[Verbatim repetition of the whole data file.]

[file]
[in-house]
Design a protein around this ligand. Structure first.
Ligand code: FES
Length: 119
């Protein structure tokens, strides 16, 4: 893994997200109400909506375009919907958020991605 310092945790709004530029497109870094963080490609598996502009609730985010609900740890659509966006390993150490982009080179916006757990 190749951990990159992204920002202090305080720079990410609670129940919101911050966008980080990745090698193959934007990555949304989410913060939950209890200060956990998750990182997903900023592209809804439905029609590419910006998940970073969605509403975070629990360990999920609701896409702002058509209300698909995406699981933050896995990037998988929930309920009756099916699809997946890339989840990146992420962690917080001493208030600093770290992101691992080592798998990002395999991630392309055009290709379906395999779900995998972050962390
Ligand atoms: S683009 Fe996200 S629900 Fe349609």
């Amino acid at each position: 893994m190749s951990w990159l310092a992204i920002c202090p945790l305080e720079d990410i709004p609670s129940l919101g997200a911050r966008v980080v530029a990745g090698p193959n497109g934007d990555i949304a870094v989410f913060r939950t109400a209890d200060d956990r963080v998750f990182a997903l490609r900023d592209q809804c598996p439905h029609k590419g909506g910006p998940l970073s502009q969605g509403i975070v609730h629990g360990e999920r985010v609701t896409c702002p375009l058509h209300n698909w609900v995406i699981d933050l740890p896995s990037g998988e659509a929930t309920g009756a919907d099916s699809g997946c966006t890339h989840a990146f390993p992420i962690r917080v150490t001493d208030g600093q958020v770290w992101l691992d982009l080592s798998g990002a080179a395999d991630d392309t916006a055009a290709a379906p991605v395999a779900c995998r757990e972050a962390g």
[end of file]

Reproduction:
[in-house]
Design a protein around this ligand. Structure first.
Ligand code: FES
Length: 119
């Protein structure tokens, strides 16, 4: 893994997200109400909506375009919907958020991605 310092945790709004530029497109870094963080490609598996502009609730985010609900740890659509966006390993150490982009080179916006757990 190749951990990159992204920002202090305080720079990410609670129940919101911050966008980080990745090698193959934007990555949304989410913060939950209890200060956990998750990182997903900023592209809804439905029609590419910006998940970073969605509403975070629990360990999920609701896409702002058509209300698909995406699981933050896995990037998988929930309920009756099916699809997946890339989840990146992420962690917080001493208030600093770290992101691992080592798998990002395999991630392309055009290709379906395999779900995998972050962390
Ligand atoms: S683009 Fe996200 S629900 Fe349609």
């Amino acid at each position: 893994m190749s951990w990159l310092a992204i920002c202090p945790l305080e720079d990410i709004p609670s129940l919101g997200a911050r966008v980080v530029a990745g090698p193959n497109g934007d990555i949304a870094v989410f913060r939950t109400a209890d200060d956990r963080v998750f990182a997903l490609r900023d592209q809804c598996p439905h029609k590419g909506g910006p998940l970073s502009q969605g509403i975070v609730h629990g360990e999920r985010v609701t896409c702002p375009l058509h209300n698909w609900v995406i699981d933050l740890p896995s990037g998988e659509a929930t309920g009756a919907d099916s699809g997946c966006t890339h989840a990146f390993p992420i962690r917080v150490t001493d208030g600093q958020v770290w992101l691992d982009l080592s798998g990002a080179a395999d991630d392309t916006a055009a290709a379906p991605v395999a779900c995998r757990e972050a962390g």